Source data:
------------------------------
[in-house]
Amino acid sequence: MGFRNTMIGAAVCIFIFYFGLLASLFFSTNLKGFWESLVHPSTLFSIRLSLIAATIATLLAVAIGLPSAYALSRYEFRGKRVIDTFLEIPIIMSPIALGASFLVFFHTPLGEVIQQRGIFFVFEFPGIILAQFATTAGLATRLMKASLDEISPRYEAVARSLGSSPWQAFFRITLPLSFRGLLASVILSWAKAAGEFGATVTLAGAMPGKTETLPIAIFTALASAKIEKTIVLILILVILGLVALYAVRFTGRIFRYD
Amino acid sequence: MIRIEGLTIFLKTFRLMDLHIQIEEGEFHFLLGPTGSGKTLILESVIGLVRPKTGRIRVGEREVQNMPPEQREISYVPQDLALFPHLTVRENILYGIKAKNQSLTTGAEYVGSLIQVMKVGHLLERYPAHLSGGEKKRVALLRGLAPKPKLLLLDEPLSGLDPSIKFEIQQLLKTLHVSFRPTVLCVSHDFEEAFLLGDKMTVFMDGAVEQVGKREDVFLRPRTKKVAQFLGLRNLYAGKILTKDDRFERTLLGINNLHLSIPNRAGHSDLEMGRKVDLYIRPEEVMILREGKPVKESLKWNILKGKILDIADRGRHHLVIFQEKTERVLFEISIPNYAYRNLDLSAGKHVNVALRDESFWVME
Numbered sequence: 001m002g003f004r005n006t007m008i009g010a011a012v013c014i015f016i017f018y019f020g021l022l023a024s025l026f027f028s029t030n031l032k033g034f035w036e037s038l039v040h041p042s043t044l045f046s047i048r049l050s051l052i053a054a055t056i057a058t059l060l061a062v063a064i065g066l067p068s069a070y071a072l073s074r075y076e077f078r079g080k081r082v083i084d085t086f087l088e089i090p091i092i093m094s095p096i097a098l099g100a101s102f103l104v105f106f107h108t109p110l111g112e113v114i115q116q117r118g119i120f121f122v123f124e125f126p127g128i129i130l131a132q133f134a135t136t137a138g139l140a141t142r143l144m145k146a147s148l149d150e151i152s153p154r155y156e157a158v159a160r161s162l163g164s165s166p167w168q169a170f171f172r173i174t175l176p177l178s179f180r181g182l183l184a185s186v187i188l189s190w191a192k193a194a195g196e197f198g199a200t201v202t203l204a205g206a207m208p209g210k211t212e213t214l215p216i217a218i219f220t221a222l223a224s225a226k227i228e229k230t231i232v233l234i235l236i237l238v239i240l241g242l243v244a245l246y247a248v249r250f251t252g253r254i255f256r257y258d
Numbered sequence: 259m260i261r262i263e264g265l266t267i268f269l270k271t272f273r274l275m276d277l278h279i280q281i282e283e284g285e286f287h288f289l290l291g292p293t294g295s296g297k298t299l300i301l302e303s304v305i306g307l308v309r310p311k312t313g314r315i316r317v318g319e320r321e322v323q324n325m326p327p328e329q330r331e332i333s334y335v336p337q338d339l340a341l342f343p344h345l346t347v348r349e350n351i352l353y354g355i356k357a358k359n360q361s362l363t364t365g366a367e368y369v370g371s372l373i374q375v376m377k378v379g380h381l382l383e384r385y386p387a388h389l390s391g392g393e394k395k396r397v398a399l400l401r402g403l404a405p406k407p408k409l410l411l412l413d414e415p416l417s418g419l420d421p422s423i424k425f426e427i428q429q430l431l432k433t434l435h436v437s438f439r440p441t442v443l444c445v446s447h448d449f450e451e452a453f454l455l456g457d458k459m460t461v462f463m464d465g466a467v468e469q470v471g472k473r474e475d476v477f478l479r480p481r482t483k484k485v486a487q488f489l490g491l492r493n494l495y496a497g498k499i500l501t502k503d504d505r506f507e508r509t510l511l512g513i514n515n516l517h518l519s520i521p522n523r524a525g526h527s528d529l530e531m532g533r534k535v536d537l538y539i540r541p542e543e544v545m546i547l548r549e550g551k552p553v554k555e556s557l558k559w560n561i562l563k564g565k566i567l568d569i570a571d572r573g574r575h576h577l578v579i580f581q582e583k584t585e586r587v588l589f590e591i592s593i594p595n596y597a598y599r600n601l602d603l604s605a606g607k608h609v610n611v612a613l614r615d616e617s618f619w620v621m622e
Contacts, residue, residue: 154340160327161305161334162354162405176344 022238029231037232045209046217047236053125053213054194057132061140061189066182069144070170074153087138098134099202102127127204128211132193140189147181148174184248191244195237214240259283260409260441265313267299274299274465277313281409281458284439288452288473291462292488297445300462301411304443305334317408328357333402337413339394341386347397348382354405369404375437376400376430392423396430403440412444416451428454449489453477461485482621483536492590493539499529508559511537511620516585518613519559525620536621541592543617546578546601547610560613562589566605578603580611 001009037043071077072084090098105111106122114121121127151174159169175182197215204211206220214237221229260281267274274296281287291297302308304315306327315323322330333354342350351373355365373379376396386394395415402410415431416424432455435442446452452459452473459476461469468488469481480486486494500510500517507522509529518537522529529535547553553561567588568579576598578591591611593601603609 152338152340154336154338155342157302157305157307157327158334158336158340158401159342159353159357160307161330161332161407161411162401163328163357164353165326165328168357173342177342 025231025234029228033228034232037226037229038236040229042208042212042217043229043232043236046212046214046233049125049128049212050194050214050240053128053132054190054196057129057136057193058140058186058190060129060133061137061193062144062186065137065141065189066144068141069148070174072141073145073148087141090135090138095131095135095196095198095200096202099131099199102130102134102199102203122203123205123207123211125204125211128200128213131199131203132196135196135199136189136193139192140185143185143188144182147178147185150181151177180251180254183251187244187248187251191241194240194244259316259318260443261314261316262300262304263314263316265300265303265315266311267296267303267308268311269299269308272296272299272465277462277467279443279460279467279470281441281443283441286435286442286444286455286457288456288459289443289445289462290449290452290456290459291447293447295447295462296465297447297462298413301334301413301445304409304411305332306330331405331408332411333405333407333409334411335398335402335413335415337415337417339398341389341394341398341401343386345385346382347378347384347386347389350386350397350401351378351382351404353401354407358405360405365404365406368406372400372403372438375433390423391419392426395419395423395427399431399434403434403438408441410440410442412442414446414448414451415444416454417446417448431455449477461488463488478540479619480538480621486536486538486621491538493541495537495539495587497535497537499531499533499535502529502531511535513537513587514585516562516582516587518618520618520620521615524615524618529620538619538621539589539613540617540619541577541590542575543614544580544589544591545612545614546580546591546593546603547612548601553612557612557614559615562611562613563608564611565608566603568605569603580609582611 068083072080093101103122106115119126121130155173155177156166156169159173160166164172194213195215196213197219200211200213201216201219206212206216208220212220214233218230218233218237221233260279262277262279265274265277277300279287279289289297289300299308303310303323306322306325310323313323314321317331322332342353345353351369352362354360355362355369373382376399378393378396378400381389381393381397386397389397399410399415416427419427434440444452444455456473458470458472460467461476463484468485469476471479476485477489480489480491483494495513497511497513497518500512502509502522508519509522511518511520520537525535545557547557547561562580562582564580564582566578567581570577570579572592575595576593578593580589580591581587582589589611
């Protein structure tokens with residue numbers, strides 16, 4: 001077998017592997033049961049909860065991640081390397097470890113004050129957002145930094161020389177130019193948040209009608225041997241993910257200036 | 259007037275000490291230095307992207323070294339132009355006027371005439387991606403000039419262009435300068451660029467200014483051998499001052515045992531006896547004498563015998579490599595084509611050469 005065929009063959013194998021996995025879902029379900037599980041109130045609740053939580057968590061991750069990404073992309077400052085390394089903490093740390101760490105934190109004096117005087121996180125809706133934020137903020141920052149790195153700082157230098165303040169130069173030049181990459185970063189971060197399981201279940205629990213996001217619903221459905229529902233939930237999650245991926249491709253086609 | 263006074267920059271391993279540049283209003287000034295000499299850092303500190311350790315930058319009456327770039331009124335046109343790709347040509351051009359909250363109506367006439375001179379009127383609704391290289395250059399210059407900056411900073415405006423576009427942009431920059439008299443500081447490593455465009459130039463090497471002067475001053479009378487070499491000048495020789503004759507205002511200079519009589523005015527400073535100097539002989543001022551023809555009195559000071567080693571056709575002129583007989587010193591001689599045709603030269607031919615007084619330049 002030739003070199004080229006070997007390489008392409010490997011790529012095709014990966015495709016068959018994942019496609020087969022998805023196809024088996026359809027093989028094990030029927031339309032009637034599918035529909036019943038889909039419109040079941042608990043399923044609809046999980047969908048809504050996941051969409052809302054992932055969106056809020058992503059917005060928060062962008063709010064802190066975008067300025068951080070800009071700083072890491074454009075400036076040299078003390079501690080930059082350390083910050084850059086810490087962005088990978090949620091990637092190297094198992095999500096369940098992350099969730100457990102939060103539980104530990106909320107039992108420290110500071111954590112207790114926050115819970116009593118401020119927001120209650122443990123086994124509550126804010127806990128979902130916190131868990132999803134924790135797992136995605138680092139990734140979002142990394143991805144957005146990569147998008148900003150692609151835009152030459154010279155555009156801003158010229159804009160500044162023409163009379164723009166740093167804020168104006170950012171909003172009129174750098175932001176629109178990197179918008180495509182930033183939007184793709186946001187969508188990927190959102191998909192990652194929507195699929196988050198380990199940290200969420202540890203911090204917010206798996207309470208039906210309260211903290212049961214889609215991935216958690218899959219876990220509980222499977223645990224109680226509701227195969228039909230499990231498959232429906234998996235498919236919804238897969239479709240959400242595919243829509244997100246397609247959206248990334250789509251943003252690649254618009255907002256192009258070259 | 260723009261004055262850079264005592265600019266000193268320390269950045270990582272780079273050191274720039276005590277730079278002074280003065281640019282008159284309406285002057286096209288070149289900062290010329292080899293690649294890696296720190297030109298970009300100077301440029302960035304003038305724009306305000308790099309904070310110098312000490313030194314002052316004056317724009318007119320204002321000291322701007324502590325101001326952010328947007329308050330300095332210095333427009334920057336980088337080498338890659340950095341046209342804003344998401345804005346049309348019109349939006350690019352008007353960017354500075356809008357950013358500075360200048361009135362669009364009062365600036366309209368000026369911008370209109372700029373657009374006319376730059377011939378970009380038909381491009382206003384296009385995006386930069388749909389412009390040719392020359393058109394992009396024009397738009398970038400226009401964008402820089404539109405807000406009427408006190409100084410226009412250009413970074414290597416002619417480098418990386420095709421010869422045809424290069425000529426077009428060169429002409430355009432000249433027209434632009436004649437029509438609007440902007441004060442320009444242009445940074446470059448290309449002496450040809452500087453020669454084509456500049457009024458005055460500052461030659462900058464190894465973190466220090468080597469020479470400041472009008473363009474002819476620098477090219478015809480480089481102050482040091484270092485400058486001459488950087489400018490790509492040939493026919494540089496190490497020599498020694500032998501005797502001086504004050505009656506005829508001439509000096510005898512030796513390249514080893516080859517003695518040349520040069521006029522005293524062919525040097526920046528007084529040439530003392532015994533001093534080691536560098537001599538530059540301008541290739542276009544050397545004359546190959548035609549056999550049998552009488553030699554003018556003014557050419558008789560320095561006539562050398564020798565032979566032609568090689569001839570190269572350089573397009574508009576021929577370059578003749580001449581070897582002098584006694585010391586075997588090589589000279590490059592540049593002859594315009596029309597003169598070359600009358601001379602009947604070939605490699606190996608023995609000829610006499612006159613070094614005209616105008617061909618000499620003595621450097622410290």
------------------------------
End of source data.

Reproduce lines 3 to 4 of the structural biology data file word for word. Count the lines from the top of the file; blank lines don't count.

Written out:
Amino acid sequence: MIRIEGLTIFLKTFRLMDLHIQIEEGEFHFLLGPTGSGKTLILESVIGLVRPKTGRIRVGEREVQNMPPEQREISYVPQDLALFPHLTVRENILYGIKAKNQSLTTGAEYVGSLIQVMKVGHLLERYPAHLSGGEKKRVALLRGLAPKPKLLLLDEPLSGLDPSIKFEIQQLLKTLHVSFRPTVLCVSHDFEEAFLLGDKMTVFMDGAVEQVGKREDVFLRPRTKKVAQFLGLRNLYAGKILTKDDRFERTLLGINNLHLSIPNRAGHSDLEMGRKVDLYIRPEEVMILREGKPVKESLKWNILKGKILDIADRGRHHLVIFQEKTERVLFEISIPNYAYRNLDLSAGKHVNVALRDESFWVME
Numbered sequence: 001m002g003f004r005n006t007m008i009g010a011a012v013c014i015f016i017f018y019f020g021l022l023a024s025l026f027f028s029t030n031l032k033g034f035w036e037s038l039v040h041p042s043t044l045f046s047i048r049l050s051l052i053a054a055t056i057a058t059l060l061a062v063a064i065g066l067p068s069a070y071a072l073s074r075y076e077f078r079g080k081r082v083i084d085t086f087l088e089i090p091i092i093m094s095p096i097a098l099g100a101s102f103l104v105f106f107h108t109p110l111g112e113v114i115q116q117r118g119i120f121f122v123f124e125f126p127g128i129i130l131a132q133f134a135t136t137a138g139l140a141t142r143l144m145k146a147s148l149d150e151i152s153p154r155y156e157a158v159a160r161s162l163g164s165s166p167w168q169a170f171f172r173i174t175l176p177l178s179f180r181g182l183l184a185s186v187i188l189s190w191a192k193a194a195g196e197f198g199a200t201v202t203l204a205g206a207m208p209g210k211t212e213t214l215p216i217a218i219f220t221a222l223a224s225a226k227i228e229k230t231i232v233l234i235l236i237l238v239i240l241g242l243v244a245l246y247a248v249r250f251t252g253r254i255f256r257y258d